Newborn Essentials Checklist: Save money with just the baby basics

The pretty pregnant lady zapping a bazilion baby products with her barcode scanner was driving me batty. Four crib bedding sets, three baby monitors (one with video and a Wi-Fi remote), two highchairs, and one hundred too many pieces of newborn clothing all rounded out her insane baby registry at Babies’R’Us. (Don’t ask me to flip that ‘R’ backwards.)

baby sleeper

But backwards was this first time mom-to-be’s gift list. Being a new mom myself, I wanted to shake her silly and tell her what stuff I really used and needed during those first few months. Then I remembered — no new mom wants unsolicited parenting advice, and it’s not nice to shake pretty pregnant ladies.

newborn essentials checklist
Free Download: Newborn Essentials Checklist

I still wanted to yell: “YOU DON’T NEED FOUR DIAPER STACKERS! Where are your dang receiving blankets? Stop scanning $400 crib bedding sets! SAVE YOUR MONEY!”

But I bit my lip, watched in disbelief as she scanned crazy expensive stuff, and swore I’d create a Newborn Essentials Checklist to save my thrifty readers some big money before bringing home baby.

‘Cause despite some first time parents’ beliefs, a newborn baby only needs stuff relating to five basic human needs: sleeping, eating, keeping warm, getting clean, and love.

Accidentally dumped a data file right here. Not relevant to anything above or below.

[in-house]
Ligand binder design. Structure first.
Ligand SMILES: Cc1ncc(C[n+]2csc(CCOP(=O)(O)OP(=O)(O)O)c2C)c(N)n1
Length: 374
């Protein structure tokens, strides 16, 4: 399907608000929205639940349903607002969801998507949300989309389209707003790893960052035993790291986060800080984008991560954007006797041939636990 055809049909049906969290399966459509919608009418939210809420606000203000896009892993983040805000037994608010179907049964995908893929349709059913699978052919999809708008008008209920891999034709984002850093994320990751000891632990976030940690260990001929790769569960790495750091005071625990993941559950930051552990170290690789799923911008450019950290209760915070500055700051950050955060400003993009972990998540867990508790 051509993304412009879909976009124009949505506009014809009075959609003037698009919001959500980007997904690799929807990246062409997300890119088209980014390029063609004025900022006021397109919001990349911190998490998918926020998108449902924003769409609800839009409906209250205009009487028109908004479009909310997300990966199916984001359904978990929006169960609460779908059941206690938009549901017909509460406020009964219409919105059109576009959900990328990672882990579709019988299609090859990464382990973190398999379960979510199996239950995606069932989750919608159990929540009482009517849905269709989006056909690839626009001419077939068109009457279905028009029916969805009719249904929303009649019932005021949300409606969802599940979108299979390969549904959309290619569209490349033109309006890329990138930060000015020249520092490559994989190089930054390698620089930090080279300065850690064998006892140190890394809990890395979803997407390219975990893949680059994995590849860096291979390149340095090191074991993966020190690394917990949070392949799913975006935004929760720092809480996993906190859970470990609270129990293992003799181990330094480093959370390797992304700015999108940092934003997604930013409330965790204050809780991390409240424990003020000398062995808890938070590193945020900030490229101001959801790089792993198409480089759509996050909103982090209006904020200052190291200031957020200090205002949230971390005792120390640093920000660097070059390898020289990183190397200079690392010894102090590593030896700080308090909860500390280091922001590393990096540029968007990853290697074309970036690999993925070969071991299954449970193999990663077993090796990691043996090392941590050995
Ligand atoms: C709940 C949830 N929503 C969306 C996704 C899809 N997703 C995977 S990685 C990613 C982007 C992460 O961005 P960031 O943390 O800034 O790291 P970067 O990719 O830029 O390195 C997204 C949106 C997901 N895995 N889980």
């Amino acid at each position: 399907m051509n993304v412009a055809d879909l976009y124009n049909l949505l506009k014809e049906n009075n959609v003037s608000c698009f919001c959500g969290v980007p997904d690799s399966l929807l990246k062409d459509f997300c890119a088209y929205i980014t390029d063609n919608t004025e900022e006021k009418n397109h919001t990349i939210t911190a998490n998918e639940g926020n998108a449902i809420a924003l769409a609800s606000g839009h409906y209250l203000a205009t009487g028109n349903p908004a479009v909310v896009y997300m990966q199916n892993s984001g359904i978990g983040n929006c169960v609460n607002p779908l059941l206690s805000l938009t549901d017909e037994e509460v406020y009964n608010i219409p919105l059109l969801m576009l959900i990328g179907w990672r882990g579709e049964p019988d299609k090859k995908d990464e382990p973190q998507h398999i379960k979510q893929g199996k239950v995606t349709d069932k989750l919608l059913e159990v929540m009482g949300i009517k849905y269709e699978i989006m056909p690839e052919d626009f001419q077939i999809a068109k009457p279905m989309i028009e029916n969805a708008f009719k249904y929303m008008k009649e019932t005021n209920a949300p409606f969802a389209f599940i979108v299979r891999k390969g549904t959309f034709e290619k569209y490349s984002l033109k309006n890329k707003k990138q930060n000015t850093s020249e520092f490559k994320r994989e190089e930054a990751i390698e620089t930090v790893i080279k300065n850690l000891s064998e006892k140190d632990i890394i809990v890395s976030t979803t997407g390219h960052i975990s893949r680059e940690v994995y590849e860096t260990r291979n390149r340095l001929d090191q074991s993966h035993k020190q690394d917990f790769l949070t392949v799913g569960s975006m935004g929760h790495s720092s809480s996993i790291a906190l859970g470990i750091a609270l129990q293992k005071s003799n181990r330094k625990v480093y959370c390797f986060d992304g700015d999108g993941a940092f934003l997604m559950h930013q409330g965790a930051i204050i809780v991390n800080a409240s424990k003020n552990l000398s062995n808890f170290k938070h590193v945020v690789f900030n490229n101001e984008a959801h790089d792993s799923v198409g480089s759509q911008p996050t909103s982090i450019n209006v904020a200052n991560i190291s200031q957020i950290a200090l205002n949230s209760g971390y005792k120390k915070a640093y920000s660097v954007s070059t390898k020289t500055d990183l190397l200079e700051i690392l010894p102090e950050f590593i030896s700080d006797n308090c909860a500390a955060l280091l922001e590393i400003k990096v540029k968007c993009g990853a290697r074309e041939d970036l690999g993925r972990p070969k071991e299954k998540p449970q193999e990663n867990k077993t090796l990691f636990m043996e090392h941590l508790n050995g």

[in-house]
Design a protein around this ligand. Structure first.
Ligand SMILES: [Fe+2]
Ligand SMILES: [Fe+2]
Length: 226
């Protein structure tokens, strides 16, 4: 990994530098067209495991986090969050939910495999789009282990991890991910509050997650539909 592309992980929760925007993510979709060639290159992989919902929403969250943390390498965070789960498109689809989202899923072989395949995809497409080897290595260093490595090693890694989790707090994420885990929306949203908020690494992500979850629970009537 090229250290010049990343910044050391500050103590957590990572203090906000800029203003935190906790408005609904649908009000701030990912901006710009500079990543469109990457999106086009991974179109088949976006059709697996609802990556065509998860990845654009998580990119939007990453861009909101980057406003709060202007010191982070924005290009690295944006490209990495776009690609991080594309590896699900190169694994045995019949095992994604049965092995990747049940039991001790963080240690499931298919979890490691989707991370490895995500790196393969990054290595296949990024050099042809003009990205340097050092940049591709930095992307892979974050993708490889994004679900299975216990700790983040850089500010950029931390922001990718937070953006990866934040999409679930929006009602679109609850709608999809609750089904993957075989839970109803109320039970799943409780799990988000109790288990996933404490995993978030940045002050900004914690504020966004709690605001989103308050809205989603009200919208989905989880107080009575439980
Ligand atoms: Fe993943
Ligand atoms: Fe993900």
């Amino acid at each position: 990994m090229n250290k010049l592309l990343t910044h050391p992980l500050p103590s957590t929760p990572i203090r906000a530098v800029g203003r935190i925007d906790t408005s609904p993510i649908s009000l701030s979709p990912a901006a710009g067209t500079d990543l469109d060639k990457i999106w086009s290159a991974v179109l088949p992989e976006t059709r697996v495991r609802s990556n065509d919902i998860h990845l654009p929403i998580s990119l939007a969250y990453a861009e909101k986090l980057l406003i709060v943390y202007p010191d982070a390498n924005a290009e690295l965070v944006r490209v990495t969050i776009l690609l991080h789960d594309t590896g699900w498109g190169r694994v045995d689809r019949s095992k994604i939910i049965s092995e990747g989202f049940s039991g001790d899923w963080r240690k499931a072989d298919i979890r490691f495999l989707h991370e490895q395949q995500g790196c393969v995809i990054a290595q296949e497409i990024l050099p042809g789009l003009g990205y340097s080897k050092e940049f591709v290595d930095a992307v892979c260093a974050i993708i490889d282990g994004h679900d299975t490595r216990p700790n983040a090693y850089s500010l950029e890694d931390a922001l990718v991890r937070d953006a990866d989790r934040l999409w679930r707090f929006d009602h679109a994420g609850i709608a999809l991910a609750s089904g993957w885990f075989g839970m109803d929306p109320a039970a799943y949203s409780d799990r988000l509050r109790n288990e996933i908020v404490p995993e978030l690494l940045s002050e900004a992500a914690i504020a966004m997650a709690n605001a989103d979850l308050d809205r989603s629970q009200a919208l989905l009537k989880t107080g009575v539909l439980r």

Your baby doesn’t care about designer brands, matching booties for every outfit, and whether your gear is new or used. Seriously. Your baby just wants to keep you awake all night long, eat on demand, and keep you awake all night long!

With this in mind, you might be surprised by how few baby items you really need during the first three months. So aim your barcode scanners in the right direction with my Baby Essentials Checklist, a guide for thrifty parents just interested in the baby basics.

Baby Clothes — The Layette

New parents tend to go ‘gaga’ over newborn clothing. I’ve seen teenie tiny dresses, brand name jeans, and dozens of designer sleepers in the shopping carts of many expectant parents — “Only the best for my baby,” seems to be the sentiment. The reality is those newborns grow fast, and stocking up on too much tiny newborn gear can spell disaster if your baby is born around the 8lb mark and the newborn clothing does not fit!

baby clothes list

Don’t believe me? I’ve sourced plenty of unused newborn clothing by finding well-intentioned parents who bought too much. Great for me. Bad for those new parents now scrambling to pay for 3-month sleepers after the first month. Here are a few tips on how to save money on newborn clothing: